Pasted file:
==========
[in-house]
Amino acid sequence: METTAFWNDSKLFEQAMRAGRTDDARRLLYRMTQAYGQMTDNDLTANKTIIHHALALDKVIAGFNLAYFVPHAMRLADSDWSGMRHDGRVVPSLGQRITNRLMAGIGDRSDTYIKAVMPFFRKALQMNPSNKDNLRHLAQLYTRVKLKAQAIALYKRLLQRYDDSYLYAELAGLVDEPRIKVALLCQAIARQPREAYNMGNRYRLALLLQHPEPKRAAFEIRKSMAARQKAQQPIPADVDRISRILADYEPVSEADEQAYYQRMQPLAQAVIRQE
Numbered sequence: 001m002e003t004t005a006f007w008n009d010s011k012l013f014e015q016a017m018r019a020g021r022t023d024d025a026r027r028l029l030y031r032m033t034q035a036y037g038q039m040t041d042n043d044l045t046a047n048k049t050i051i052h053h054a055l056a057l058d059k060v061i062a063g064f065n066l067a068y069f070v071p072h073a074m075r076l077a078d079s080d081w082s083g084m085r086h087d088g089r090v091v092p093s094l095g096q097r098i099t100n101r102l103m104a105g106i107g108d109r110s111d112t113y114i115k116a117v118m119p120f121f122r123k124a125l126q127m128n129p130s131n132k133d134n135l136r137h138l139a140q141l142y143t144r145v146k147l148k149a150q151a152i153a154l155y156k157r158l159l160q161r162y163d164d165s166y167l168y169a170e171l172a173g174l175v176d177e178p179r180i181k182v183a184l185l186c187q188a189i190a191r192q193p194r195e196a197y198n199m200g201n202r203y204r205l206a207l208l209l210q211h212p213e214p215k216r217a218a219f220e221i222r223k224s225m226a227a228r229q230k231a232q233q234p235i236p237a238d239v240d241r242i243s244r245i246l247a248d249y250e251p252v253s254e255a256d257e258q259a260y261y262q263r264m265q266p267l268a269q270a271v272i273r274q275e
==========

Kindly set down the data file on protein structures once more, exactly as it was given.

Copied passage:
[in-house]
Amino acid sequence: METTAFWNDSKLFEQAMRAGRTDDARRLLYRMTQAYGQMTDNDLTANKTIIHHALALDKVIAGFNLAYFVPHAMRLADSDWSGMRHDGRVVPSLGQRITNRLMAGIGDRSDTYIKAVMPFFRKALQMNPSNKDNLRHLAQLYTRVKLKAQAIALYKRLLQRYDDSYLYAELAGLVDEPRIKVALLCQAIARQPREAYNMGNRYRLALLLQHPEPKRAAFEIRKSMAARQKAQQPIPADVDRISRILADYEPVSEADEQAYYQRMQPLAQAVIRQE
Numbered sequence: 001m002e003t004t005a006f007w008n009d010s011k012l013f014e015q016a017m018r019a020g021r022t023d024d025a026r027r028l029l030y031r032m033t034q035a036y037g038q039m040t041d042n043d044l045t046a047n048k049t050i051i052h053h054a055l056a057l058d059k060v061i062a063g064f065n066l067a068y069f070v071p072h073a074m075r076l077a078d079s080d081w082s083g084m085r086h087d088g089r090v091v092p093s094l095g096q097r098i099t100n101r102l103m104a105g106i107g108d109r110s111d112t113y114i115k116a117v118m119p120f121f122r123k124a125l126q127m128n129p130s131n132k133d134n135l136r137h138l139a140q141l142y143t144r145v146k147l148k149a150q151a152i153a154l155y156k157r158l159l160q161r162y163d164d165s166y167l168y169a170e171l172a173g174l175v176d177e178p179r180i181k182v183a184l185l186c187q188a189i190a191r192q193p194r195e196a197y198n199m200g201n202r203y204r205l206a207l208l209l210q211h212p213e214p215k216r217a218a219f220e221i222r223k224s225m226a227a228r229q230k231a232q233q234p235i236p237a238d239v240d241r242i243s244r245i246l247a248d249y250e251p252v253s254e255a256d257e258q259a260y261y262q263r264m265q266p267l268a269q270a271v272i273r274q275e